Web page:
If reducing existing access to Wheeler is not possible, there are surely other measures that might help. How about a signal on Broadway at Wheeler and an accompanying no right turn on red sign?

What are we waiting for? Has not enough blood been spilled? Has there not been enough media coverage to get PBOT’s attention? Are we going to get bogged down into finger-pointing and arguing about who’s at fault instead of seeing this as an urgent public safety issue?

Back in 2007, we were told fixes would have to wait until the Eastside Streetcar project came through. More recently, we’ve been told that a fix would be a part of the N/NE Quadrant planning process. It’s time for action, not just more promises.

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Comments
  • oskarbannks June 13, 2012 at 4:25 pm

    oh boy.

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  • peejay June 13, 2012 at 4:28 pm

    How about a Wheeler Pedalpalooza ride? It will consist of every rider corking that right turn for a few hours.

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  • shirtsoff June 13, 2012 at 4:34 pm

    It seems odd that the turn signal even factored into the discussion with the police. Whether or not a turn signal was used does not alleviate the driver of their responsibility to yield to cyclists/electric mobility devices/skaters and other vulnerable users operating within the bike line.

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    • El Biciclero June 13, 2012 at 5:12 pm

      This is a common myth believed by many drivers: “my turn signal gives me right-of-way.”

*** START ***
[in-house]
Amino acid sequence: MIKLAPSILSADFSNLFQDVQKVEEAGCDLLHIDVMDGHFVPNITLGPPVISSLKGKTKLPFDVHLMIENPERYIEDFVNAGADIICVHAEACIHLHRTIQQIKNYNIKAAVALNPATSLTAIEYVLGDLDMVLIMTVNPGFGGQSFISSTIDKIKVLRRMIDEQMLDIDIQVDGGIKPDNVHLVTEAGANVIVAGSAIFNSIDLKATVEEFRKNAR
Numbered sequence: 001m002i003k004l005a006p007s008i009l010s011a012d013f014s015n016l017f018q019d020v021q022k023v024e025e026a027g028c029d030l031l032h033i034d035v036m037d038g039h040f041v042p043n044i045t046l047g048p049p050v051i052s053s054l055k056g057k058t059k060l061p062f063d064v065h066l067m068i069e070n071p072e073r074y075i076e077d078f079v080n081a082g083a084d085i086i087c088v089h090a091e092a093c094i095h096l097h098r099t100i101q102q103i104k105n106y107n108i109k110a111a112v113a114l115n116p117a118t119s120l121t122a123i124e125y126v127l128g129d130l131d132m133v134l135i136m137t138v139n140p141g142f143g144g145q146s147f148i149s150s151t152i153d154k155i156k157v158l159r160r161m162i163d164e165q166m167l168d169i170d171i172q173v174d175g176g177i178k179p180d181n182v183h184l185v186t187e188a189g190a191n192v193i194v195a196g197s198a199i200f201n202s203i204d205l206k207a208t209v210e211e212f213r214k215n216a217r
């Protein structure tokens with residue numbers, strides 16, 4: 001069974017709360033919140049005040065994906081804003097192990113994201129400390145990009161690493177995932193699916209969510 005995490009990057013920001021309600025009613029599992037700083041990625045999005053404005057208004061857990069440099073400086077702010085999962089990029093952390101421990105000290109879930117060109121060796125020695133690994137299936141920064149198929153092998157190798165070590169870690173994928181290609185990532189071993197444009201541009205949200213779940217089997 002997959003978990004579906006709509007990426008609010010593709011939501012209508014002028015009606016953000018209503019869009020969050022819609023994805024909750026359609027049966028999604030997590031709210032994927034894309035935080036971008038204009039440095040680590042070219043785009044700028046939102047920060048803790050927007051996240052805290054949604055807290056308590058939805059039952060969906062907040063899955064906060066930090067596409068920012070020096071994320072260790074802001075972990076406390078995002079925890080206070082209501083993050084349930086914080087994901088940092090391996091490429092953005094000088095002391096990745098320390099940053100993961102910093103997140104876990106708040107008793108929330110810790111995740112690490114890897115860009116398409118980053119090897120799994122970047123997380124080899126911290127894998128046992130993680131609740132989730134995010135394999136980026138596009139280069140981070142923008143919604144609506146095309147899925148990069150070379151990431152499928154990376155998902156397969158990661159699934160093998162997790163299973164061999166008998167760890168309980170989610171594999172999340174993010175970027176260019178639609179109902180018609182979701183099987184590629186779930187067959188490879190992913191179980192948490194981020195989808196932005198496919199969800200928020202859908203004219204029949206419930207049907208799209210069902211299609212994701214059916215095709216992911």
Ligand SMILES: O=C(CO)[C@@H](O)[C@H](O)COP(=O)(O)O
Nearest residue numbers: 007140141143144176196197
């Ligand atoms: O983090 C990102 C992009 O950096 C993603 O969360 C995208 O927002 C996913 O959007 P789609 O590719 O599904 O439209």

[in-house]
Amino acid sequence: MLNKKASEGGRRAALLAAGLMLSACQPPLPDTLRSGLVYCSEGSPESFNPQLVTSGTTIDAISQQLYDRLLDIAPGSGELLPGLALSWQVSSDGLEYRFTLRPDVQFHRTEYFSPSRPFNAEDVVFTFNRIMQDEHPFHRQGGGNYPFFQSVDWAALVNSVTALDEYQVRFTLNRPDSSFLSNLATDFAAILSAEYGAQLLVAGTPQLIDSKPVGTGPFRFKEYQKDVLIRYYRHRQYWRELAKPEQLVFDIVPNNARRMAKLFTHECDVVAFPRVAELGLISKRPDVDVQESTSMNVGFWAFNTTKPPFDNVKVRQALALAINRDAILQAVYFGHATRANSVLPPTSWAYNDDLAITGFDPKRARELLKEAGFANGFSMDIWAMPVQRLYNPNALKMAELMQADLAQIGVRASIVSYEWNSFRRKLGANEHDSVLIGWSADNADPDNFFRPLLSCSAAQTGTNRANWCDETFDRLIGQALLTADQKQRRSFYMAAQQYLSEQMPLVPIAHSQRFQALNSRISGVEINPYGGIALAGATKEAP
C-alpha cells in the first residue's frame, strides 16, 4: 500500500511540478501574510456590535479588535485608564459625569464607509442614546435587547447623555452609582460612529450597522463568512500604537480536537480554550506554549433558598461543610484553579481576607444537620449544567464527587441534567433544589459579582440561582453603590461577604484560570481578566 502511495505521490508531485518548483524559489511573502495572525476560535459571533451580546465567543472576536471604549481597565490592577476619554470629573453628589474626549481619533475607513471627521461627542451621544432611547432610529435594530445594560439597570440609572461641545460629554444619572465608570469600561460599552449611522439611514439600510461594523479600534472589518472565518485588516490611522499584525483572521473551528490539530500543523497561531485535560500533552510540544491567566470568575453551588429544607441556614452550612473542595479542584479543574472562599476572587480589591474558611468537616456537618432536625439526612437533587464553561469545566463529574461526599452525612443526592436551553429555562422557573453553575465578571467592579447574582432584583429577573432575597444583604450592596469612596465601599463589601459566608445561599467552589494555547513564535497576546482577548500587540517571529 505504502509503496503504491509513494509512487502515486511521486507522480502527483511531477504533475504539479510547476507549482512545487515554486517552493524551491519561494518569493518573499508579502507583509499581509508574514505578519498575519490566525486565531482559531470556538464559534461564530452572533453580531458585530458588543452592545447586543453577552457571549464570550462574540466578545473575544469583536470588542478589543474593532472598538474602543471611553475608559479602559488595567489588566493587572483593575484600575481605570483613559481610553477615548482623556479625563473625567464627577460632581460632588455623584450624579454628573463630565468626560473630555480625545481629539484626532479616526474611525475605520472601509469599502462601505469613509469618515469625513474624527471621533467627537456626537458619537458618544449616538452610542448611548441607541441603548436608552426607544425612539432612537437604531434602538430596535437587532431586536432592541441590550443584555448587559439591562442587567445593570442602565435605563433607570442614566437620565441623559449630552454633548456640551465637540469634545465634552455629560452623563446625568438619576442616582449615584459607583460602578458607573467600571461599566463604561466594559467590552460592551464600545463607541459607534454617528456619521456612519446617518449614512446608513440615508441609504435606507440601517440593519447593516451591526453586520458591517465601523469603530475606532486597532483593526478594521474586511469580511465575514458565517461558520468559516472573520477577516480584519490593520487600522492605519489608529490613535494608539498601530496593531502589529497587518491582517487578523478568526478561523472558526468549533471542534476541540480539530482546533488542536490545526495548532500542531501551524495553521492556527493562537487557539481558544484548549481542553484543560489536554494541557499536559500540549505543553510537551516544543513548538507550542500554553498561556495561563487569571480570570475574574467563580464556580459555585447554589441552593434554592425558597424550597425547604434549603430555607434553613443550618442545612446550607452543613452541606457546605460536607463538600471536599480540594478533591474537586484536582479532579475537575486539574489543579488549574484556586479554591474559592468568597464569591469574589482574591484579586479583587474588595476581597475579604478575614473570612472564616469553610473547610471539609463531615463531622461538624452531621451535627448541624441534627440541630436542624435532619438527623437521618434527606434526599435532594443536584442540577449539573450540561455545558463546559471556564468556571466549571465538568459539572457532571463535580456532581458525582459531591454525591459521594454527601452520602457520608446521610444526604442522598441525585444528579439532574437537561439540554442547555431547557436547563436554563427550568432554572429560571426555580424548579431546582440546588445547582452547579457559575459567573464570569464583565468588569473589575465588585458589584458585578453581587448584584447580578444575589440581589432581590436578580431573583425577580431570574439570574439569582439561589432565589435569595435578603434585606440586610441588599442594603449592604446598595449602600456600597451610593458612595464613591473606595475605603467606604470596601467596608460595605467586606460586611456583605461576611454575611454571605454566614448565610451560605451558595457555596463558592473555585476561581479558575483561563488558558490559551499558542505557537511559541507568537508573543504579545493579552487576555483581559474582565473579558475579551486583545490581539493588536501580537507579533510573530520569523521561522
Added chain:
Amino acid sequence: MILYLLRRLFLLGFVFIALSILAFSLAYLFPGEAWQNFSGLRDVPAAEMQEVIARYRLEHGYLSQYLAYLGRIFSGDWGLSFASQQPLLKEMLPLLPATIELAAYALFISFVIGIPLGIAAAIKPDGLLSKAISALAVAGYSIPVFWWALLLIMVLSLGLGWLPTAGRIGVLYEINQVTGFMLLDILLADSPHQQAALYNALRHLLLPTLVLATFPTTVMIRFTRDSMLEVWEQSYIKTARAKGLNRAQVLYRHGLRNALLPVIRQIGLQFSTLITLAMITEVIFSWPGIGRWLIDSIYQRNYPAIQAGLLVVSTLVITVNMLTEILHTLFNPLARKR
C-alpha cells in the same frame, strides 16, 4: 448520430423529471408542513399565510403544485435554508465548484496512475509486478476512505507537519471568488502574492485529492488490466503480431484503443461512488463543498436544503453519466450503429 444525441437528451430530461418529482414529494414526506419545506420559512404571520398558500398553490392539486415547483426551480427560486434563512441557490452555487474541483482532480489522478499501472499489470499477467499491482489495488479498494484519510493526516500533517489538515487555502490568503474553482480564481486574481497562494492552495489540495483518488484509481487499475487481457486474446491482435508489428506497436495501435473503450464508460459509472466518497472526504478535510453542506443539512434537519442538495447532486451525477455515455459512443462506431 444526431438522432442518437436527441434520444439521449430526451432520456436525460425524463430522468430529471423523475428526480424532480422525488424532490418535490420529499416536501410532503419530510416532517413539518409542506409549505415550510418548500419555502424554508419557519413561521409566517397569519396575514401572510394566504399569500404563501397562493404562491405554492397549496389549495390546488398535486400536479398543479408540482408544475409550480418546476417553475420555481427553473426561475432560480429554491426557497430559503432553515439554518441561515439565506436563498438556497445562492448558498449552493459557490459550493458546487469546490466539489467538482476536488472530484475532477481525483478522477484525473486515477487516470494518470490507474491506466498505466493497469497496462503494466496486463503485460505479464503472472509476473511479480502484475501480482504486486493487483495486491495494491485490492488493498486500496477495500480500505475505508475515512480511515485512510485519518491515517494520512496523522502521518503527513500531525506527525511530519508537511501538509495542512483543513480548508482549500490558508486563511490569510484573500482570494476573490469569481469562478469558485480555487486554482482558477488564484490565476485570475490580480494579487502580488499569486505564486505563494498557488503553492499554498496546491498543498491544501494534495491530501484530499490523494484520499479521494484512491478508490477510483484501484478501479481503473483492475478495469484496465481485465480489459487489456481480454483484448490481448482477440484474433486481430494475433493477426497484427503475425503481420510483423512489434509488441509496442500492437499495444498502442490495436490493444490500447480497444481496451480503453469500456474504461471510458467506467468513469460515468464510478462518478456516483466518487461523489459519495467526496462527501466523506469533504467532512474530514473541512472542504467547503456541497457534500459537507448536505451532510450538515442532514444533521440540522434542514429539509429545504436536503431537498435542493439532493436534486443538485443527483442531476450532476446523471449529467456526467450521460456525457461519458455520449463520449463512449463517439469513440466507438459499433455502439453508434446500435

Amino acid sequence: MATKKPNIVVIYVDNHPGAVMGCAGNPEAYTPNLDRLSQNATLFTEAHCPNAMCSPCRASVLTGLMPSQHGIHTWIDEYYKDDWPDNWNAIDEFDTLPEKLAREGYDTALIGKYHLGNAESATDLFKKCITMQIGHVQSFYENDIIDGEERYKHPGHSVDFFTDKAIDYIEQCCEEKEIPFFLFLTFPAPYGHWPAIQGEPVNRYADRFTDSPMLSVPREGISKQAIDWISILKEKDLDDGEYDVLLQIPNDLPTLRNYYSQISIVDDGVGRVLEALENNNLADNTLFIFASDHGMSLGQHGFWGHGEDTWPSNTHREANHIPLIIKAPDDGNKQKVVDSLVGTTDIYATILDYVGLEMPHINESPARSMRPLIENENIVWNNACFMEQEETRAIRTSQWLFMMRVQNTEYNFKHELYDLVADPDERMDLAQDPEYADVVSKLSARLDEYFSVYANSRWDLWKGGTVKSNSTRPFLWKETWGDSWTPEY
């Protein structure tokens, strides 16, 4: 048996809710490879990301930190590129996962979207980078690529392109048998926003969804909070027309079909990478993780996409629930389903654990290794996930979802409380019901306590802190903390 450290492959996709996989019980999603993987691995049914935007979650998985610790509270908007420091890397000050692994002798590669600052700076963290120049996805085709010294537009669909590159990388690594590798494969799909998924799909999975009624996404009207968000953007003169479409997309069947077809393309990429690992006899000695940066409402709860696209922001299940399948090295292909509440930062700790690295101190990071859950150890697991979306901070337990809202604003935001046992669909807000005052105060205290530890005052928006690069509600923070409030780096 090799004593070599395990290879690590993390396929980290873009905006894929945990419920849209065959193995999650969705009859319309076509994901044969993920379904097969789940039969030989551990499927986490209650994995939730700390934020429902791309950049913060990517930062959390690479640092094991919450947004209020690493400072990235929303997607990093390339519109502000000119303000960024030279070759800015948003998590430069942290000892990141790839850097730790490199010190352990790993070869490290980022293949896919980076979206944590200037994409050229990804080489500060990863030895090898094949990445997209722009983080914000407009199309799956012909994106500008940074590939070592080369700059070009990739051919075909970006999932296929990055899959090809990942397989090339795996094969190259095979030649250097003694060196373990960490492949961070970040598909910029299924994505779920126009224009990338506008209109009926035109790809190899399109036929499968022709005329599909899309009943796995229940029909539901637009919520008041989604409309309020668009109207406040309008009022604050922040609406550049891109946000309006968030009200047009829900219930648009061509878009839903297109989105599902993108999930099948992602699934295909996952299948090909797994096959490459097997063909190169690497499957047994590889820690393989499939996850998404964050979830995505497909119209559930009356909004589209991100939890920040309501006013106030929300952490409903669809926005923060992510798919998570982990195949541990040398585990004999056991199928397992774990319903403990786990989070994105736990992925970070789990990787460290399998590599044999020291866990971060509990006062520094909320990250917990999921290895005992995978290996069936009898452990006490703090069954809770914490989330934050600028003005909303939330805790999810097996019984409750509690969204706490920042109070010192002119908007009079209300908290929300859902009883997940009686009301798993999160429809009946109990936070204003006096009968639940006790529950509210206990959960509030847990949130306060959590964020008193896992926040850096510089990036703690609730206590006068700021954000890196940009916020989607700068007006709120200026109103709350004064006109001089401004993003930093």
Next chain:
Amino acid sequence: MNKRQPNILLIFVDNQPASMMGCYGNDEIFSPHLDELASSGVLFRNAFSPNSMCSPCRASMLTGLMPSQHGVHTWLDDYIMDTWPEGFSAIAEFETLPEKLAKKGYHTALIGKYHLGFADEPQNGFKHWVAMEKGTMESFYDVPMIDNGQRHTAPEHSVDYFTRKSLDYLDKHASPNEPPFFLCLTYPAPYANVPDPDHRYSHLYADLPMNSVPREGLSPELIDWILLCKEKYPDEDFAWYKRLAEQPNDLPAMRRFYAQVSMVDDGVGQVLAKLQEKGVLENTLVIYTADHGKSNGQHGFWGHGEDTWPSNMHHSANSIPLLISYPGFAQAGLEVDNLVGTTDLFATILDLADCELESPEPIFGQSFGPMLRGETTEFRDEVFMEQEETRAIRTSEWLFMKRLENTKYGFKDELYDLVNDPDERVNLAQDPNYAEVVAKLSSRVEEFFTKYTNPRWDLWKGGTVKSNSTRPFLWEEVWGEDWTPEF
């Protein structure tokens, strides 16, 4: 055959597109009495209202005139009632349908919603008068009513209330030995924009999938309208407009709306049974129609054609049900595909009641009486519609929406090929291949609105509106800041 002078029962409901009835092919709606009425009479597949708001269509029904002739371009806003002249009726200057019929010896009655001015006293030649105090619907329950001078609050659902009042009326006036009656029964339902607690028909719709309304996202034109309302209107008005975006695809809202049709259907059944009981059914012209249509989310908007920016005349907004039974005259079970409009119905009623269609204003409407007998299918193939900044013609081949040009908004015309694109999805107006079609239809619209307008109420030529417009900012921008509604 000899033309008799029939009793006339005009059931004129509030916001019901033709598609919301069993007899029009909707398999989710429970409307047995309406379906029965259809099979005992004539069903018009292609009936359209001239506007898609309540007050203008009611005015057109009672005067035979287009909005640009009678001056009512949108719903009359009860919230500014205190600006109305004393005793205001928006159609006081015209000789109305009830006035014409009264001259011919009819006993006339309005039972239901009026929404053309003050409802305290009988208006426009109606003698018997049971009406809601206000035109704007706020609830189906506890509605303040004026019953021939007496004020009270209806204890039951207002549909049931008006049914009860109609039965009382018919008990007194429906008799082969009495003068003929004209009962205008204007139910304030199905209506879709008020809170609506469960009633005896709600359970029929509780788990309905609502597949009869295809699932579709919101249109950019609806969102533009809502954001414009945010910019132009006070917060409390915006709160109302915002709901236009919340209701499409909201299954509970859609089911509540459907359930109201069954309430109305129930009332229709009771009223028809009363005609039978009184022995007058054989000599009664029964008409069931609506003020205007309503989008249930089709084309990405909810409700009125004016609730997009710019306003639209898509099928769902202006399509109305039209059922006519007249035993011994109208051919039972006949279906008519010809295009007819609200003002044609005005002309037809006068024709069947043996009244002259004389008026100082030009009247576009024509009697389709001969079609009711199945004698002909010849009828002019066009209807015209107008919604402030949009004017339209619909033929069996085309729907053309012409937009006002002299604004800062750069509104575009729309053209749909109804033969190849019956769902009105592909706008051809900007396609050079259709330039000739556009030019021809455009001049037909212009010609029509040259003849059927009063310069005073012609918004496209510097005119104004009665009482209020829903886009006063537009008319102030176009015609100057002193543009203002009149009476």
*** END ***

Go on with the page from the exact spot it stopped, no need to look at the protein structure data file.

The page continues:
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  • peejay June 13, 2012 at 4:36 pm

    Also, absolutely irrelevant if the driver had a signal on or not. Use of a signal does not give him/her the right of way.

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    • KJ June 13, 2012 at 5:33 pm

      I think people have no clue that the bike lane is an actual lane of traffic, that crossing it when turning is akin making a right hand turn from the left hand auto lane right across the right hand auto lane…which would never be a legal maneuver if it was an auto lane and not a bike lane….

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      • KJ June 13, 2012 at 5:34 pm

        (I use the term auto lane to distinguish, I realized that I should have used traffic lane =/ )

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  • Allan June 13, 2012 at 4:37 pm

    Bad design = crashes. In my opinion, the long term solution is to re-route bikes behind the Paramount building. I don’t think closing Wheeler or making it 1-way is a solution

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  • Jim June 13, 2012 at 4:45 pm